Kelly’s struggles started just as soon as the game did; he allowed a leadoff triple to Adam Eaton on his second pitch of the day. The very next pitch was another triple, this off the bat off Tyler Saladino. Two pitches after that, Melky Cabrera doubled to left and the White Sox quickly staked a 2-0 lead.
Kelly noted the aggressiveness of the White Sox hitters in pouncing on pitches to hit early in the count.
“Those guys came out swinging the bat right away, obviously that was their gameplan, so I tried to make adjustments from there,” Kelly said.
|07.28.15 at 12:28 am ET|
Boston will always be a part of Shane Victorino.
The veteran outfielder traded from the Red Sox to the Angels Monday afternoon for minor league infielder Josh Rutledge broke down several times in his final appearance in Boston after the Red Sox‘ 10-8 loss to the White Sox Monday night at Fenway Park.
“People doubted me in 2012 and the Red Sox gave me a chance,” Victorino said. “And to win a World Series, it’s one of those things where I have utmost respect for John Henry, Larry Lucchino, Tom [Werner], Ben and John. And more importantly, my teammates, I’m going to miss them. I think that’s the toughest part is understanding, coming to wits now, at the end of this [press] conference, is that I’m going to miss these guys. But I get to go to a place to watch some pretty good players. I got that opportunity to play against them a week ago in Anaheim and I look forward to watching a guy like Mike Trout, Albert Pujols after getting to play against them all these years. More importantly, I thank the Red Sox for giving me that opportunity.”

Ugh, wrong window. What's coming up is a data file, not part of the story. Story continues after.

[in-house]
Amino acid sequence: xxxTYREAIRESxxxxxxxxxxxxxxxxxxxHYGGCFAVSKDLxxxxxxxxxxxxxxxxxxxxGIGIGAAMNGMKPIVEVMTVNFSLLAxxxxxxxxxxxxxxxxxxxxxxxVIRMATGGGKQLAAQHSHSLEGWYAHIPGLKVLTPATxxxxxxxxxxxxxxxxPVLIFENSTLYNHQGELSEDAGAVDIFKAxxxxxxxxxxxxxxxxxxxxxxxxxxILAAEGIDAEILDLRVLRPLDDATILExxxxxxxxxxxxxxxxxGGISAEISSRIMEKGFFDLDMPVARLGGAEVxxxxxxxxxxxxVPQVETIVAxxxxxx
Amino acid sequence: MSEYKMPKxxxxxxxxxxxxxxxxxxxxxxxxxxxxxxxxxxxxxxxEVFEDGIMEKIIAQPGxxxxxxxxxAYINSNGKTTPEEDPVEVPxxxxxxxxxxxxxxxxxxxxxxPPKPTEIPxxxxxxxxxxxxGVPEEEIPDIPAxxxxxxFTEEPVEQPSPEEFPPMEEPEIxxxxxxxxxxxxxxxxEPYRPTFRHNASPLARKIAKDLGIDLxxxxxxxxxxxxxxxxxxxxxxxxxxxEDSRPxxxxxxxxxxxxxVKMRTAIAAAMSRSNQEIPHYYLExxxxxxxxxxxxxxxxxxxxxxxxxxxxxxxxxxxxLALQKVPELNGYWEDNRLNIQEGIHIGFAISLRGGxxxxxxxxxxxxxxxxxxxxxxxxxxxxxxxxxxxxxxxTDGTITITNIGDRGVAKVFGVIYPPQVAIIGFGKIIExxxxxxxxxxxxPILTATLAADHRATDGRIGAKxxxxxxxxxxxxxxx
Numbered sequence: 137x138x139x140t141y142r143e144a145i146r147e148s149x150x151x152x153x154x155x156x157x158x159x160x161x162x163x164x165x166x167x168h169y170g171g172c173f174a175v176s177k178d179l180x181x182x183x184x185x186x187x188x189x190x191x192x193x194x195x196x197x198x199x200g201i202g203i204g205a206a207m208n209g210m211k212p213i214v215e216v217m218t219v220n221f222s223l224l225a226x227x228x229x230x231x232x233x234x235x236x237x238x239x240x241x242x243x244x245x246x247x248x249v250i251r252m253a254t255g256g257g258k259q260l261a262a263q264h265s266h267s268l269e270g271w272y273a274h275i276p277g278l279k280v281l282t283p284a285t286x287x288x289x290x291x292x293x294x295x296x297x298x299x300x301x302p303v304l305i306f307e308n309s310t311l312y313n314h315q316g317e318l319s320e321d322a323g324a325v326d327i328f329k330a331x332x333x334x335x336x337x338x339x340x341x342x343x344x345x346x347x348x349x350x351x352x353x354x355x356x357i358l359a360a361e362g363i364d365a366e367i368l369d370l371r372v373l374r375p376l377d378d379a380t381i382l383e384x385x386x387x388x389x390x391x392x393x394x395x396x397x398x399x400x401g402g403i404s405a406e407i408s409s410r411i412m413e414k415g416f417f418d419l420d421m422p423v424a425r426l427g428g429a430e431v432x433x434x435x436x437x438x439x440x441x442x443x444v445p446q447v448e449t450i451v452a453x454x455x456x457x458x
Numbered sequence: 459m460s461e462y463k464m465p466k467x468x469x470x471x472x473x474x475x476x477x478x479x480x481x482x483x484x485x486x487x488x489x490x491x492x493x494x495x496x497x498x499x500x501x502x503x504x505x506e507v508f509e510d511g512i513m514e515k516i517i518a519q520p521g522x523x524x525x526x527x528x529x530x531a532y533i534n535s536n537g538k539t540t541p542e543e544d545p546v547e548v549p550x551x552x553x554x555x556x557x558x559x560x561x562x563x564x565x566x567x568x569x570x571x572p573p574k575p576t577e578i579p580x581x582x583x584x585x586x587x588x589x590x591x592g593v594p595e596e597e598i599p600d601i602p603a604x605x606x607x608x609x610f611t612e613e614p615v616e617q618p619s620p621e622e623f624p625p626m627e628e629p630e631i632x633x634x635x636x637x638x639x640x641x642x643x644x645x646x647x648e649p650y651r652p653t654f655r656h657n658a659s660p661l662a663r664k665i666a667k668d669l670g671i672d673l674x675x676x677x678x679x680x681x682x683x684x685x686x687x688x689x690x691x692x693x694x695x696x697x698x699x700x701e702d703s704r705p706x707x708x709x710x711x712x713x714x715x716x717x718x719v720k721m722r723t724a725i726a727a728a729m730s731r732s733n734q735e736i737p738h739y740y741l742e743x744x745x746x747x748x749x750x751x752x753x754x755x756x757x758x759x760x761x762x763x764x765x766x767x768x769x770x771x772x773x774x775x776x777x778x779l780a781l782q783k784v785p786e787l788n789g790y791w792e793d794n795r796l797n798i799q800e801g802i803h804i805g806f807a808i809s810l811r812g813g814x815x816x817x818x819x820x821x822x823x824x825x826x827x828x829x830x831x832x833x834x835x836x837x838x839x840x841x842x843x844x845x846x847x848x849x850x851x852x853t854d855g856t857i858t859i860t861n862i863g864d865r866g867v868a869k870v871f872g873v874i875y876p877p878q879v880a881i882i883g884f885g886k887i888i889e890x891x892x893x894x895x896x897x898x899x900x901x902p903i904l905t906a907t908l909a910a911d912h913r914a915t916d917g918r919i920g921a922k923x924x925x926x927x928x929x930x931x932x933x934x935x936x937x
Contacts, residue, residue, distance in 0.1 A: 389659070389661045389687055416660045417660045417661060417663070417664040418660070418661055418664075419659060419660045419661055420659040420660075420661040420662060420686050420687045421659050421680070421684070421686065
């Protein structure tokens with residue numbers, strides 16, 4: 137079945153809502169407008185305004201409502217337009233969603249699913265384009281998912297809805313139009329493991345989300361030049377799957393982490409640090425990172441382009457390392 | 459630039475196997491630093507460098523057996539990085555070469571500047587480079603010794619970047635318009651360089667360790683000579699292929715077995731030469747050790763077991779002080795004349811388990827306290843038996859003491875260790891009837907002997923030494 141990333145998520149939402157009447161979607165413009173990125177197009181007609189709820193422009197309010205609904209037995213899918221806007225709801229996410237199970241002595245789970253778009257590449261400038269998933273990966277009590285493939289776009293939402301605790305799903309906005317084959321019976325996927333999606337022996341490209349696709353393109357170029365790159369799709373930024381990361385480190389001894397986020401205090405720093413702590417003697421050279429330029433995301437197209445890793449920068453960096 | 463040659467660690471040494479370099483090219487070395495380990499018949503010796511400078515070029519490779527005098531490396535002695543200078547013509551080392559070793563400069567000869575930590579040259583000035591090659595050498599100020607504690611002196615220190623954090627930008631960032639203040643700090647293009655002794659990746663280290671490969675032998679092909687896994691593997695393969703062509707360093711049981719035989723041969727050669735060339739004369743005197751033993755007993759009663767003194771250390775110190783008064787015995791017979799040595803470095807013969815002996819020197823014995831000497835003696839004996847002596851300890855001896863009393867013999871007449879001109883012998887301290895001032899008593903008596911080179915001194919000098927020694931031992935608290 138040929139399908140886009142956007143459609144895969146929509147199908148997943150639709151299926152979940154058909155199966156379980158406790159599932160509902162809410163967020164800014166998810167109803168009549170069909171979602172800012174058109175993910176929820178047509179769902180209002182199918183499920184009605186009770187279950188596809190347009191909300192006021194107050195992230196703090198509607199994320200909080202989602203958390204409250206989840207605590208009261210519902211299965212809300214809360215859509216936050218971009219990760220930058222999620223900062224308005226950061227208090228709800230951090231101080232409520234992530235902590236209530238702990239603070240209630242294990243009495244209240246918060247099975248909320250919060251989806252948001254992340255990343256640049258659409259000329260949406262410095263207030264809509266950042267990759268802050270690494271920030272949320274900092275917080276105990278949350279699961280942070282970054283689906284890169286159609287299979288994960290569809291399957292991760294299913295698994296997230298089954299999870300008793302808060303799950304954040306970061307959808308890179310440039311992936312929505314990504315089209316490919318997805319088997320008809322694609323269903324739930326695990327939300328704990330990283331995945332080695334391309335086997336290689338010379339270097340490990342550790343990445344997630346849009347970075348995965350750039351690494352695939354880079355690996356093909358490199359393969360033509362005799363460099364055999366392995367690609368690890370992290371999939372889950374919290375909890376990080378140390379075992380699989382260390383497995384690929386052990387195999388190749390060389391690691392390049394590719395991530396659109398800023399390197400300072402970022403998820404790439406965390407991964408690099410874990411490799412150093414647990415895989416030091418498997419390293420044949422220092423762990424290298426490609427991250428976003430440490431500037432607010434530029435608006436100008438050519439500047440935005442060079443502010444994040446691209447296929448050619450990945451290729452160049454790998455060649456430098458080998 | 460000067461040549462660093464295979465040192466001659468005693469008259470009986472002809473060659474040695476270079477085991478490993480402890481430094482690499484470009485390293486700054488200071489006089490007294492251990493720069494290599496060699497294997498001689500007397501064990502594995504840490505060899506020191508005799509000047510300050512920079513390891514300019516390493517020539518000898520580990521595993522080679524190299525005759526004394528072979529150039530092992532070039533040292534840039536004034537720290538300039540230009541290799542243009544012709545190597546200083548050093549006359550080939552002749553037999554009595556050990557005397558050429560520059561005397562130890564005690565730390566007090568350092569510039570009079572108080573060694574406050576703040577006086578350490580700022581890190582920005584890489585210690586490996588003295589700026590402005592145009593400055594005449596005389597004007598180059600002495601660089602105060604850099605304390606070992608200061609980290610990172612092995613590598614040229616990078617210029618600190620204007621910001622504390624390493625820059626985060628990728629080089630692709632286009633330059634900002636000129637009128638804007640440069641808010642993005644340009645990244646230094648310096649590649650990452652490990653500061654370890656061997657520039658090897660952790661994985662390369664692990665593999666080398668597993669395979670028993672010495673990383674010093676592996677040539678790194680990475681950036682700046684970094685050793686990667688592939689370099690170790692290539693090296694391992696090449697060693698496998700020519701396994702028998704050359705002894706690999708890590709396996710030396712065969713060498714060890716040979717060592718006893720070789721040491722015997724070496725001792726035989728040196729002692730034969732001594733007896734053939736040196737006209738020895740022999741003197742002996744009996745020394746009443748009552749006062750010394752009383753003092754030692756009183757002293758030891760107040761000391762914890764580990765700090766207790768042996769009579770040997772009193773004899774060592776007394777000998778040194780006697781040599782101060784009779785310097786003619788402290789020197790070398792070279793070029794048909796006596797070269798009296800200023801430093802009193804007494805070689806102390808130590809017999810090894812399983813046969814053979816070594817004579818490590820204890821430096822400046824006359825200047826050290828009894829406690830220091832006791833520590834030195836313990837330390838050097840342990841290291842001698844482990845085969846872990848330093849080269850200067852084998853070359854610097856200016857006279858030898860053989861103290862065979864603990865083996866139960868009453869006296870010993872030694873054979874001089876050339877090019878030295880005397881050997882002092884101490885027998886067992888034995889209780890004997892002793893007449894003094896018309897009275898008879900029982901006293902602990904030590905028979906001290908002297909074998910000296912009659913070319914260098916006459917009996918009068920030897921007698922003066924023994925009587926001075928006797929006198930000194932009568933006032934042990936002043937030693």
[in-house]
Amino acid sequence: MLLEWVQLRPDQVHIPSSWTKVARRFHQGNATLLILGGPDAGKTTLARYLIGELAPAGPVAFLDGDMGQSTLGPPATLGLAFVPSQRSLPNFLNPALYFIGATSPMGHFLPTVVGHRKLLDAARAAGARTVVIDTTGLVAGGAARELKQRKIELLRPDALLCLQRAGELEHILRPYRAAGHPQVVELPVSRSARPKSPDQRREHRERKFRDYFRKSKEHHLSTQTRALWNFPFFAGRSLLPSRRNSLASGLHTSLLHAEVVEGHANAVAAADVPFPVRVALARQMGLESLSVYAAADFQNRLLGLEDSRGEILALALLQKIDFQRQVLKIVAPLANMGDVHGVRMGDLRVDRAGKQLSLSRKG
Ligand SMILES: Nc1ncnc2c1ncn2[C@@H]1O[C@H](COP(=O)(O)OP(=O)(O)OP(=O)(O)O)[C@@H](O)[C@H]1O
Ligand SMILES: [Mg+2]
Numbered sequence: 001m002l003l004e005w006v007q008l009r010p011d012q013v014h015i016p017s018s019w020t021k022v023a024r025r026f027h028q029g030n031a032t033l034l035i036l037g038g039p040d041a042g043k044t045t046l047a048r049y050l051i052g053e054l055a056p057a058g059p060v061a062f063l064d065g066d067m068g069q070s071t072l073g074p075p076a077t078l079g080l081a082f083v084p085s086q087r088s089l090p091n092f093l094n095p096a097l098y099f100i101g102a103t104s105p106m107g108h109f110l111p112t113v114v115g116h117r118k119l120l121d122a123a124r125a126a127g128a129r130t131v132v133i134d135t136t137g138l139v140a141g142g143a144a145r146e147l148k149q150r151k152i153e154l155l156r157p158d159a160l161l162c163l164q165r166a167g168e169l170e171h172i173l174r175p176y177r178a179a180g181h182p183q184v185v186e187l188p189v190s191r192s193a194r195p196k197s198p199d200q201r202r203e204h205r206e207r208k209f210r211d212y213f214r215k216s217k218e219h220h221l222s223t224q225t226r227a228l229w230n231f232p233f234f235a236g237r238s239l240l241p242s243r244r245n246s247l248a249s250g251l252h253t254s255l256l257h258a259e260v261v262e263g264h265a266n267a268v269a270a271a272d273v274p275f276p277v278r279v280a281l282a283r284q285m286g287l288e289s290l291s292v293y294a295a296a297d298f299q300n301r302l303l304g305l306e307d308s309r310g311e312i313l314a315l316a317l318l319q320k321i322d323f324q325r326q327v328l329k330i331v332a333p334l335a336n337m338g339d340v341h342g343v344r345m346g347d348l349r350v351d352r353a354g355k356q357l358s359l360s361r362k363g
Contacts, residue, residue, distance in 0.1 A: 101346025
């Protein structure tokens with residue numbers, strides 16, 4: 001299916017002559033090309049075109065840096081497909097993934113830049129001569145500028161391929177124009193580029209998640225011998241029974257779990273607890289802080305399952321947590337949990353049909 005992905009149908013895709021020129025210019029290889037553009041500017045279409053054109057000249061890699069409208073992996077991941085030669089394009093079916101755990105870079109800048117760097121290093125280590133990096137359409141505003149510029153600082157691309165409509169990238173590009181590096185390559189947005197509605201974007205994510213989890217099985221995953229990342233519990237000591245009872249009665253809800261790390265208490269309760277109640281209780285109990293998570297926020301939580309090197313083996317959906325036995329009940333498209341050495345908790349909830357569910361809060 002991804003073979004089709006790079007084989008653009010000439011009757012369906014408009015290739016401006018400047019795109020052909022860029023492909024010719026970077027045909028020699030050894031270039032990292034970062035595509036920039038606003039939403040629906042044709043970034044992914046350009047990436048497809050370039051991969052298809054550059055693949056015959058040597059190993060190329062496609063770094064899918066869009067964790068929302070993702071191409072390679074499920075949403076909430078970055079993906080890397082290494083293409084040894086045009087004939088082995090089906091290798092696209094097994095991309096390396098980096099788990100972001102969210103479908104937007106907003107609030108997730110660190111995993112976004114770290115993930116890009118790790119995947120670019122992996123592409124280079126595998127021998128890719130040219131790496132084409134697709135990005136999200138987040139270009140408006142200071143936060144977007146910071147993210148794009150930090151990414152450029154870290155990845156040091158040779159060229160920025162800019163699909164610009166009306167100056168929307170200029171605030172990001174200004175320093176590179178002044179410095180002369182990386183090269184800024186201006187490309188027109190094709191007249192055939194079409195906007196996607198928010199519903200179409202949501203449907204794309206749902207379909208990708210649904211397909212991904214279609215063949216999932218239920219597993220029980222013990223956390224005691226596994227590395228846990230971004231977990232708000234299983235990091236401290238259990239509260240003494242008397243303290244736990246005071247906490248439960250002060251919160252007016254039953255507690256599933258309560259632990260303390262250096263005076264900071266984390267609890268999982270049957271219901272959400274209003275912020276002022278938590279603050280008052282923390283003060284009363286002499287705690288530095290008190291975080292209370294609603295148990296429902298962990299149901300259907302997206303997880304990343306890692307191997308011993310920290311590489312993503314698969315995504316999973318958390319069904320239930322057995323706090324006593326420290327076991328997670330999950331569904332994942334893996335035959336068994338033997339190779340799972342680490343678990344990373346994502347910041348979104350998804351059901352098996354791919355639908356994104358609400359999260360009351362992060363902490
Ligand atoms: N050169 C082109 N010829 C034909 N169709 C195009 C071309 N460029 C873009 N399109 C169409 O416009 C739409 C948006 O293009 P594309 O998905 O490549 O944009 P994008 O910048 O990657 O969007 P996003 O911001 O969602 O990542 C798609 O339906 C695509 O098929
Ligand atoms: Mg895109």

Victorino, who held it together for the first five minutes of his presser, was asked about being prepared for the eventuality of trade deadline week. But before he could gather himself, he broke down again in tears, pausing 15 seconds before offering up his response.